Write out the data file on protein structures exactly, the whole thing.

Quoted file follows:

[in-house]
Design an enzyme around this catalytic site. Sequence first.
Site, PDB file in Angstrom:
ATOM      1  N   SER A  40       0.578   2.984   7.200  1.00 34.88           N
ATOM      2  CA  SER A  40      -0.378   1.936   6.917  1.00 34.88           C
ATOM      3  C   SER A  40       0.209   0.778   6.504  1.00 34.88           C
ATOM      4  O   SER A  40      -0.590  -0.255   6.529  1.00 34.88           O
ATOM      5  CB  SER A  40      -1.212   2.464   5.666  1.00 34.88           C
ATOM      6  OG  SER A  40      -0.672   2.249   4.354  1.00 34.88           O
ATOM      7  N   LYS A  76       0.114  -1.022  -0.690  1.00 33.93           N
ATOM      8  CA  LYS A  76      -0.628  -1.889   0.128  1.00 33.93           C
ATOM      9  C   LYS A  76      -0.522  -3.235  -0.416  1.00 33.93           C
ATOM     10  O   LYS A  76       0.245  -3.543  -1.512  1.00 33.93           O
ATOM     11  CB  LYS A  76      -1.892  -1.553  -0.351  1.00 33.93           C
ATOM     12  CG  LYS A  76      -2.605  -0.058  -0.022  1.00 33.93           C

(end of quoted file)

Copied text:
[in-house]
Design an enzyme around this catalytic site. Sequence first.
Site, PDB file in Angstrom:
ATOM      1  N   SER A  40       0.578   2.984   7.200  1.00 34.88           N
ATOM      2  CA  SER A  40      -0.378   1.936   6.917  1.00 34.88           C
ATOM      3  C   SER A  40       0.209   0.778   6.504  1.00 34.88           C
ATOM      4  O   SER A  40      -0.590  -0.255   6.529  1.00 34.88           O
ATOM      5  CB  SER A  40      -1.212   2.464   5.666  1.00 34.88           C
ATOM      6  OG  SER A  40      -0.672   2.249   4.354  1.00 34.88           O
ATOM      7  N   LYS A  76       0.114  -1.022  -0.690  1.00 33.93           N
ATOM      8  CA  LYS A  76      -0.628  -1.889   0.128  1.00 33.93           C
ATOM      9  C   LYS A  76      -0.522  -3.235  -0.416  1.00 33.93           C
ATOM     10  O   LYS A  76       0.245  -3.543  -1.512  1.00 33.93           O
ATOM     11  CB  LYS A  76      -1.892  -1.553  -0.351  1.00 33.93           C
ATOM     12  CG  LYS A  76      -2.605  -0.058  -0.022  1.00 33.93           C